Ritchie Blackmore was long hailed as one of rock and roll’s greatest guitarists, as the classic axeman behind bands like Deep Purple and Rainbow. Longtime fans were in for a bit of a shock when he left the world of rock and roll to perform medieval folk music in the late 90s! Those very same fans wondered if Mr. Blackmore would ever return to his glory days of rock.
Twenty years later, the fans have their answer.
Memories in Rock is a show from Blackmore’s new version of Rainbow, recorded at a German rock festival in June 2016. Aside from guitarist Blackmore, none of the men in this version of the band are former Rainbow members, and are largely unknown to fans of the former band/genre. The group features bassist Bob Nouveau, drummer David Keith, keyboardist Jens Johansson, and vocalist Ronnie Romero. Of these musicians playing alongside Blackmore, Johansson is probably the best known, having performed alongside Yngwie Malmsteen and Ronnie James Dio in the past.
The concert takes place in a beautiful waterside locale on a festival stage, surrounded by gorgeous German architecture, definitely making for the ideal scenery for this historic night of rock and roll. Blackmore and company give the fans a mixture of Rainbow and Deep Purple hits, and several deep tracks as well.
But is it GOOD?
While I admit this show does have its share of weaknesses and shortcomings, overall the end result does manage to deliver. It features Ritchie Blackmore’s return to rock and roll after a two decade absence, and that alone is worth the price of admission. As far as laying down the riffs goes, Mr. Blackmore is as capable as ever. The young and spirited vocalist Ronnie Romero, of whom I was not familiar with prior to viewing this Blu-ray Disc, does a surprisingly good job on the songs, even if he might not quite be what the fans are expecting initially. Yes, I would loved to have had a reunion with Joe Lynn Turner, but this guy gets the job done and should not be written off by any means.
The band, though a bit lacking in the chemistry department, proves to be capable at shelling out the tunes. These are all spirited renditions of classic Deep Purple and Rainbow songs, and I am glad to see Blackmore has opted to find a way to keep this music alive on a live stage.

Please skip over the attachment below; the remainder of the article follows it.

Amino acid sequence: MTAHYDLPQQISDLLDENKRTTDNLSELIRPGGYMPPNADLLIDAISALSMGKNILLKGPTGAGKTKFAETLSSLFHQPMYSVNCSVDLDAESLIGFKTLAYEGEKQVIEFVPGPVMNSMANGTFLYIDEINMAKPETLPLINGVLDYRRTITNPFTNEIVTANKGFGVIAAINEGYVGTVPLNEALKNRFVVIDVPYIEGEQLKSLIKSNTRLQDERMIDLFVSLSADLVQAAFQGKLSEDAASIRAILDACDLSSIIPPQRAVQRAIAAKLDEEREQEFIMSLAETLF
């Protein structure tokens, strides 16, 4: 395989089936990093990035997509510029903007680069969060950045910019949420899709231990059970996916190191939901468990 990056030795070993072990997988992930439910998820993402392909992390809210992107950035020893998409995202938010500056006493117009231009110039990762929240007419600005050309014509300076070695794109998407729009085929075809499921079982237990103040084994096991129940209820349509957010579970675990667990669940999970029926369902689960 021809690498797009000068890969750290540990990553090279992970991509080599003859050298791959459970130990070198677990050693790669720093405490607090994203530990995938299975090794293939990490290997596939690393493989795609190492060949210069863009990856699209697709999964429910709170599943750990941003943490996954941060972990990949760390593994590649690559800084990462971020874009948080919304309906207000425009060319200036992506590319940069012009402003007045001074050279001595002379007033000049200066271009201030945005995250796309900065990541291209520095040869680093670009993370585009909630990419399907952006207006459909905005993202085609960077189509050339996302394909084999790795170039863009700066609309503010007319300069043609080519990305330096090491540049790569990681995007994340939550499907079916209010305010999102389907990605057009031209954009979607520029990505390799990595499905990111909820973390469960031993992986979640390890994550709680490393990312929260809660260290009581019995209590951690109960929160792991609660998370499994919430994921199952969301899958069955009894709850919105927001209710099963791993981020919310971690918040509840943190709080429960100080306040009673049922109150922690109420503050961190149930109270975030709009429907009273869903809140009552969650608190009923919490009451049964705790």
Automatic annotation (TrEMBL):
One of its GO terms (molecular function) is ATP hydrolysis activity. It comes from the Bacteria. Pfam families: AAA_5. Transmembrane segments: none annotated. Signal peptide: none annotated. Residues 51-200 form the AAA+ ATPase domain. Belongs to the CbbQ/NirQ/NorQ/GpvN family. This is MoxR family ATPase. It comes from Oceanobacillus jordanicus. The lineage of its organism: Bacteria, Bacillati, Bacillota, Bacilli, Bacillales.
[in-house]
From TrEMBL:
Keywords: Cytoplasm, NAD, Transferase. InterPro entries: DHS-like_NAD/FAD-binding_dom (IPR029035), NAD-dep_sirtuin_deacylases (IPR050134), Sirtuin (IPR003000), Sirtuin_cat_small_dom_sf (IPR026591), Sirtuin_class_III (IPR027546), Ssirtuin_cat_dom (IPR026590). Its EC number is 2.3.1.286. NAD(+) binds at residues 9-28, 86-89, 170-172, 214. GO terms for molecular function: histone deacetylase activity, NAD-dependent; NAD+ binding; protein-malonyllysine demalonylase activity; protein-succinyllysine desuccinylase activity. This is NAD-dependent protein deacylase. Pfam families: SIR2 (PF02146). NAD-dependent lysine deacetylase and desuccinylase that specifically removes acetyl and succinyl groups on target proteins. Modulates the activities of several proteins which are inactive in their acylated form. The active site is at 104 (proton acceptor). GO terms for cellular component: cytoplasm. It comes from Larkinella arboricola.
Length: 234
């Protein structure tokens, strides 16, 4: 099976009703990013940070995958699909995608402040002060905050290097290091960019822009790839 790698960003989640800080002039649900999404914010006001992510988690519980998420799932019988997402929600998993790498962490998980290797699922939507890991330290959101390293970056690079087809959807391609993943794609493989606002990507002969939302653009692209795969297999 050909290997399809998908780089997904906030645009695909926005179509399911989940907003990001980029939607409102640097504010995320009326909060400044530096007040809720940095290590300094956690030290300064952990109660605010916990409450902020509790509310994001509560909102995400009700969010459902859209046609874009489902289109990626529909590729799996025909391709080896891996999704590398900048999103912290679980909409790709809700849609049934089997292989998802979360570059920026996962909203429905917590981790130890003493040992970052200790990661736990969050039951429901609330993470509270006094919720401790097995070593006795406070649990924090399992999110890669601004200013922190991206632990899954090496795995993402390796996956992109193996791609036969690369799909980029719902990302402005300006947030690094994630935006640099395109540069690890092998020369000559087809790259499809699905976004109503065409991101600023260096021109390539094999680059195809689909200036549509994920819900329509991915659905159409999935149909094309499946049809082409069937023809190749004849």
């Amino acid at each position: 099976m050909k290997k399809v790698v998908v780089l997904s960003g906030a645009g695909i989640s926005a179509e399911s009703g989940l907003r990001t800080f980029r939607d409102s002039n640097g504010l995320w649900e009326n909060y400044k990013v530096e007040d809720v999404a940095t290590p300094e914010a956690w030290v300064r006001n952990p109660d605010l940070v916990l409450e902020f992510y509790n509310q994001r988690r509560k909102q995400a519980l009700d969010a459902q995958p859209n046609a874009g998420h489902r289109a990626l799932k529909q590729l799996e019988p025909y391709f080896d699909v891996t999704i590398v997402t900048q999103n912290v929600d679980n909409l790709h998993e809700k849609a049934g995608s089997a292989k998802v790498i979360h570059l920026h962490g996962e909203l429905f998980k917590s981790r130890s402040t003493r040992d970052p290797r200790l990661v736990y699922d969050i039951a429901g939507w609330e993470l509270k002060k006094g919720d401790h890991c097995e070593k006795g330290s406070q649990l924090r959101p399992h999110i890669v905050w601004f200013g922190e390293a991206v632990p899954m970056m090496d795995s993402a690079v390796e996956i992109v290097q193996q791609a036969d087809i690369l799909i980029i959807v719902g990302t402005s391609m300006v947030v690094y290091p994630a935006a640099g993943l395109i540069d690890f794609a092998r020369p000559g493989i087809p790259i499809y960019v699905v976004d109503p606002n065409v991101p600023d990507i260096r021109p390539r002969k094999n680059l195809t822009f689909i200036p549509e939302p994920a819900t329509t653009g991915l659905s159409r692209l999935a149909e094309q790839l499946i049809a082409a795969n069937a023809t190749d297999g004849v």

That said, the setlist is a bit disappointing. This is billed as a Rainbow show, but there are far too many Deep Purple songs. A few is understandable, as Blackmore did perform them back in his Rainbow heyday, but with the Rainbow name on the package, one would expect a Rainbow show first and Deep Purple tunes as supplemental at the most. There are way too many missed opportunities, with classic cuts like “Starstruck,” “Tarot Woman,” “Run with the Wolf,” “Gates of Babylon,” “I Surrender,” “Jealous Lover,” “Can’t Happen Here,” “Stone Cold,” “Death Alley Driver,” and “Street of Dreams.” As far as the classic Dio era goes, too many tracks come from the first, and arguably weakest of the Rainbow albums from that time period (though one will not argue that “Man on the Silver Mountain” is an essential addition to any Rainbow/Blackmore setlist). This should have been billed as a Ritchie Blackmore show, not a Rainbow show; no other former Rainbow members appear, and the setlist is almost half Deep Purple songs.
This set is two CDs and a Blu-ray Disc. Audio and video quality are solid on the video disc, with no major flaws to report outside of the typical anomalies one finds on a concert disc, mostly stemming from issues with the stage lighting. As an added bonus, there are four “alternate version” bonus tracks filmed on one of the other festival nights.
It could not have been perfect, and the enormous expectations people have for what is supposed to be such a landmark show may impact their overall enjoyment of this package. But for what it is, this remains a solid concert that longtime fans of Blackmore will still want to check out.